TECH STOCKS (n, pl.) 1: An undefined group of common stocks of companies vaguely associated with the already so-helpful term, "high technology." 2: An amorphous collection of stuff you invested in that you can't be any more specific about because, well, you couldn't even if you really tried.
Ambrose Bierce, before he disappeared mysteriously in Mexico in 1913, wrote among other works one that I treasure on my own shelf, The Devil's Dictionary. In this dictionary, one comes across many wonderful and devilishly humorous ways of redefining (truly defining?) words. Two typical entries:
HAPPINESS, n. An agreeable sensation arising from contemplating the misery of another.
LAWYER, n. One skilled in circumvention of the law.
My own Bierce-like attempt (though without the requisite venom or superb wit) to define TECH STOCKS headlines this article.
"Guys, what do you think of tech stocks?" we are frequently asked in interviews.
"Will tech stocks ever be back in favor?" reads a print headline.
"What's happening to tech stocks?" a question asked over and over on our Motley Fool Radio Show for the past 12 months. To which I ask back:
"What are tech stocks?!"
Now, I know the answer. And you do too, if you're a regular reader of this column. Because on March 29 of this year our very talented Tom Jacobs put up a wonderful article in this space, entitled "Yes, We Have No Tech Stocks." The "we" refers to our Rule Breaker Portfolio, which many people would consider to be loaded with "tech stocks." Not only was Tom extremely Foolish in the sense that he provided a contrary answer that was steeped in common sense and lightness of tone, but in that piece he actually defined the phrase "tech stock"! When or where else do you ever see that done?
So I know the answer. And if you don't already, go back and read Tom's answer, because that IS what a tech stock is (and the Rule Breaker Portfolio presently contains none of them).
But, does the world at large get it? Do the talking heads? The headline copy guys? Our nation's journalists, analysts, investors? The (threadbare phrase!) American people? I don't think so -- not by a long shot. (But determine that for yourself -- keep your ears open.)
What I primarily wish to point out in this space today is that the phrase "tech stocks" is one of the emptiest, most misleading, flea-ridden, sorry excuses for a reification we have in our popular culture today. I'm not saying it's alone, or the ultimate example. I'm saying it's up there. If you have your own topper, I'd love to hear it in our Rule Breaker Beginners discussion board. But until I hear something better, I'm calling this a King Kong of Fuzzy Thinking.
The word "reification" first presented itself to me through the writings of Stephen Jay Gould, specifically his book The Mismeasure of Man, which points out that IQ (as in, intelligence quotient) is a classic reification. "Reification" is the act of making something that is in fact abstract -- in a sense, unreal -- into a material or concrete thing. Intelligence quotient puts a number on a brain. Is that number real? Does it represent the truth? The whole truth? Is it permanent? Is it material and concrete? Most of Gould's answers to those questions are nos, and he reflects in his book on a period in history in which scientists likewise thought (incorrectly) that brain size and weight correlated directly with "intelligence." All those brilliant elephants walking around....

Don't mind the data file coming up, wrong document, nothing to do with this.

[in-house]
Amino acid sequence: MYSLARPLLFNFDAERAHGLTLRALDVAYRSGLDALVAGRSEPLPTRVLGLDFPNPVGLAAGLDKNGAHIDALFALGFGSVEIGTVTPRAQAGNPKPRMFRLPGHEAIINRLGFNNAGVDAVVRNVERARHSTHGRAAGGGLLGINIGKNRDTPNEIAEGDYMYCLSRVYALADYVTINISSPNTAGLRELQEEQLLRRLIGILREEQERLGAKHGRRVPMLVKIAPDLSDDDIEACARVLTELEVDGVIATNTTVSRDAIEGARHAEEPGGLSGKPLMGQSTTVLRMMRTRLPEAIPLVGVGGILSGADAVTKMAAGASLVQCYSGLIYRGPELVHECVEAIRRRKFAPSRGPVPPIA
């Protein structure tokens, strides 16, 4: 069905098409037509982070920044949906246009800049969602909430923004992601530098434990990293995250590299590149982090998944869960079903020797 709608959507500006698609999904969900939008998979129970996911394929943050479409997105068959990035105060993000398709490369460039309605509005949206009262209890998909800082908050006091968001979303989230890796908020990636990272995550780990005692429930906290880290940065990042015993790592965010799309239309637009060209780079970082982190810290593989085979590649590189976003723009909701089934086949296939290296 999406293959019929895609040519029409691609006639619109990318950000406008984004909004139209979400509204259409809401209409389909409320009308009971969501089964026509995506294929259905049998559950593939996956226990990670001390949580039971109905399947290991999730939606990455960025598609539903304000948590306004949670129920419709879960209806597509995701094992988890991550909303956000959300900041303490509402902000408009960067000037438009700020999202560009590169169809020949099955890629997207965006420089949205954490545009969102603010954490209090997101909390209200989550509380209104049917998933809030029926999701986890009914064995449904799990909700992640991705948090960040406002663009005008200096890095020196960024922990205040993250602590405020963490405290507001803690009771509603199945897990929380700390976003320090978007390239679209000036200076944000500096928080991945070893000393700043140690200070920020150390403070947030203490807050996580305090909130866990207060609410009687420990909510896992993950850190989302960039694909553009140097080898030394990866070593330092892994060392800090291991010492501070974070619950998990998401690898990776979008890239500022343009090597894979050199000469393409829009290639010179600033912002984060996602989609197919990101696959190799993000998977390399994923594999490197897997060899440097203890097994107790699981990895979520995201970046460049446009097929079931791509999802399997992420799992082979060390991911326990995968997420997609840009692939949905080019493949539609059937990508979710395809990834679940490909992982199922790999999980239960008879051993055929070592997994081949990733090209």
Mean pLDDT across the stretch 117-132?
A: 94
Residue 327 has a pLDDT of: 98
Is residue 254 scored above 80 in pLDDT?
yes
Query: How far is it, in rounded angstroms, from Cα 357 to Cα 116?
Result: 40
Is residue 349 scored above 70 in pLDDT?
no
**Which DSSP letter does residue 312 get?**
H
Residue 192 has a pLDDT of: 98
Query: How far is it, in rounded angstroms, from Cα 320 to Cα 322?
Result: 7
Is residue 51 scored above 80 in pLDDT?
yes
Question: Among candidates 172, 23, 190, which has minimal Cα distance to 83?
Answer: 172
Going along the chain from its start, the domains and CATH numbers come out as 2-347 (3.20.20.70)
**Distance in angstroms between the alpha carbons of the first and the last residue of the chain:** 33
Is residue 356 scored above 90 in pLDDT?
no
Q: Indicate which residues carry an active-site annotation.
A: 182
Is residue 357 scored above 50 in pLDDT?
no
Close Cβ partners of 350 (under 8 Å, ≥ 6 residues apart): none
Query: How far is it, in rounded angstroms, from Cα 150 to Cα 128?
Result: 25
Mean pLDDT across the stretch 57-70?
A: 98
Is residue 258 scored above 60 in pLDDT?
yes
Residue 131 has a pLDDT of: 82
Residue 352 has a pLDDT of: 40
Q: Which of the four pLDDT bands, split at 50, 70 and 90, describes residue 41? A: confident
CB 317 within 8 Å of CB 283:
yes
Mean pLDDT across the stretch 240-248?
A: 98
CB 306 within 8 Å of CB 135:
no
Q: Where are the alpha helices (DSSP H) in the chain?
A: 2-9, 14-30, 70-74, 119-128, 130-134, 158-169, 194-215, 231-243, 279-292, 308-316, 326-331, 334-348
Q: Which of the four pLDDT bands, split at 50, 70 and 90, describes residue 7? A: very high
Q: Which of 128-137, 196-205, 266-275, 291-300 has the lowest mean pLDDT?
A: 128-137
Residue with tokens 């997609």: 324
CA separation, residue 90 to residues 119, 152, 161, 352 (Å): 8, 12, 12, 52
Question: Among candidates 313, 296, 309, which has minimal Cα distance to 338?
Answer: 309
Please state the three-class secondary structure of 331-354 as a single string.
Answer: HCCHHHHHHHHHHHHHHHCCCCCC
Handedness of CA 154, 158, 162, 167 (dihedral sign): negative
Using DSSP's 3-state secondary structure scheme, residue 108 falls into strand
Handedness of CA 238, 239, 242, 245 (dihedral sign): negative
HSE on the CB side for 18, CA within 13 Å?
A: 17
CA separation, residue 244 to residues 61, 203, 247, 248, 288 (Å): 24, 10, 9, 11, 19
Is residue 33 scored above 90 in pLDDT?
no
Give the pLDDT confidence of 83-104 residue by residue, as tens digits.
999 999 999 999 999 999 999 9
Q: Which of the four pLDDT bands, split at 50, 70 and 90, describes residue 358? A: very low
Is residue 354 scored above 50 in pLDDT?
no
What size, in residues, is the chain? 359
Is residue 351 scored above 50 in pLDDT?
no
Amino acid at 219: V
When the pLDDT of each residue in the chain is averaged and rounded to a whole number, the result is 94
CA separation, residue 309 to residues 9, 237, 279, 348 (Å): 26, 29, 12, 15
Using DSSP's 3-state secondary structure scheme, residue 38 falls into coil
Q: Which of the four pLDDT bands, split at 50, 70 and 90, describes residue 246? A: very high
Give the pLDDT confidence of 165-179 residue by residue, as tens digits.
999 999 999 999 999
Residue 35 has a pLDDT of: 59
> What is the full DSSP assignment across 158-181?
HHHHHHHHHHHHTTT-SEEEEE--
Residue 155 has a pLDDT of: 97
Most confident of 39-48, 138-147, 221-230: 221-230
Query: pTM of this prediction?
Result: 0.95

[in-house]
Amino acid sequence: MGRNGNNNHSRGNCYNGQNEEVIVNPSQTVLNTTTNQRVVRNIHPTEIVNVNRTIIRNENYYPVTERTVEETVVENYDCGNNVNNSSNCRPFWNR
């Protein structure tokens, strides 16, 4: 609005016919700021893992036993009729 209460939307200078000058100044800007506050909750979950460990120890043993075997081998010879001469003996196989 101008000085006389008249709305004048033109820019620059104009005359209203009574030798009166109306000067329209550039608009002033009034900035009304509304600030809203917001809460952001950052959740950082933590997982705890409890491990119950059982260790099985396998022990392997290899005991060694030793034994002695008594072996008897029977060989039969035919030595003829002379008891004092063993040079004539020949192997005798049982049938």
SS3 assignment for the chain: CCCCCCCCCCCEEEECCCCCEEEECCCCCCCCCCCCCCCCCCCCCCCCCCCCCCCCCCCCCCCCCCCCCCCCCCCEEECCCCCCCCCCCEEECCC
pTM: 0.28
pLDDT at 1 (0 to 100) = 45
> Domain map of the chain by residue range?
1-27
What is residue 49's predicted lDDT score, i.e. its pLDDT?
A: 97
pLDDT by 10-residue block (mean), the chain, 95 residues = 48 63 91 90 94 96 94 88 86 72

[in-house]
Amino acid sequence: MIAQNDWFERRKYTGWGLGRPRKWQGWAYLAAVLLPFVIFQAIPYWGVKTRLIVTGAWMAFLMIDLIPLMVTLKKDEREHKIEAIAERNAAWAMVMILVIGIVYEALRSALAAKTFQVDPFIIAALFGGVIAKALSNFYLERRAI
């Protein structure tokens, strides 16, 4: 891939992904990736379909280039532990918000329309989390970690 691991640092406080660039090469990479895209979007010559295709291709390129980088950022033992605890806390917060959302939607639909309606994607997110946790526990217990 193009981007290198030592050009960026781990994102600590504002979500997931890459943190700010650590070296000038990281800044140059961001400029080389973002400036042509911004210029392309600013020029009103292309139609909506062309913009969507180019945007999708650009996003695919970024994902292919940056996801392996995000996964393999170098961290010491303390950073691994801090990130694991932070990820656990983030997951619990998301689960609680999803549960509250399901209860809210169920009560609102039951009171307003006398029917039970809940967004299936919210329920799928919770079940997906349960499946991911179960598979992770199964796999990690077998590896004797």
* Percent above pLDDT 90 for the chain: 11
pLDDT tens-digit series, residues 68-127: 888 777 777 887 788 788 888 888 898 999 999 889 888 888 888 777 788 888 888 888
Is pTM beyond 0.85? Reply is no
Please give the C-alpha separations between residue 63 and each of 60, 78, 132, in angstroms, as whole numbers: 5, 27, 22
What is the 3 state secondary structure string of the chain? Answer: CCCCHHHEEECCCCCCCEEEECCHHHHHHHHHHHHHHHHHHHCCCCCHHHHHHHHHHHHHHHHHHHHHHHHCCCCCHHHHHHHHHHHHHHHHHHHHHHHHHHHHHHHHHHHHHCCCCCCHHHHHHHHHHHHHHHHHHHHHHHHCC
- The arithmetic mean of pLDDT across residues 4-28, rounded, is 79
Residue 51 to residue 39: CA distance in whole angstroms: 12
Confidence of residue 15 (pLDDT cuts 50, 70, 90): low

I don't mean to suggest IQ is meaningless (neither does Gould), and similarly, I don't mean to suggest that tech stocks have no significance. But they are a reification. Because there IS no genuinely agreed upon group of stocks that are "tech stocks" and those that are not. In fact, no two people on earth would agree about which stocks actually go in the abstract box and which don't. Thus, this phrase used as a tool for mass communication spreads instead mass confusion. Is eBay (Nasdaq: EBAY) a tech stock? Is Gateway (NYSE: GTW)? What about AT&T (NYSE: T)? AOL Time Warner (NYSE: AOL)? IBM (NYSE: IBM)? Amazon (Nasdaq: AMZN)? Yahoo (Nasdaq: YHOO)? Red Hat (Nasdaq: RHAT)? Apple (Nasdaq: AAPL)? Etc., etc.?
Unfortunately, many now-disappointed investors got excited about "tech stocks" and bought "tech stocks" last year. And now, despite a market that has firmed for now (Amazon.com has about doubled in the past month -- but oops, is that a tech stock?), they're worried about ever investing again in those risky "tech stocks."
The right approach? As usual, in Fooldom: Know your companies. Think in terms of individual stocks, rather than stock markets. Think in terms of businesses, businesses that you really know quite well, instead of "stocks." Use our wonderful discussion boards to test out your thinking against the wide experience and points of view available here, the world over.
And prefer the material to the abstract, and specifics to generalizations. Ask "why?" a lot and make people define their terms more. And browse Ambrose Bierce at least once a year.
And Fool on.
David Gardner, May 10, 2001
David Gardner is co-founder of The Motley Fool. The Fool is investors writing for investors.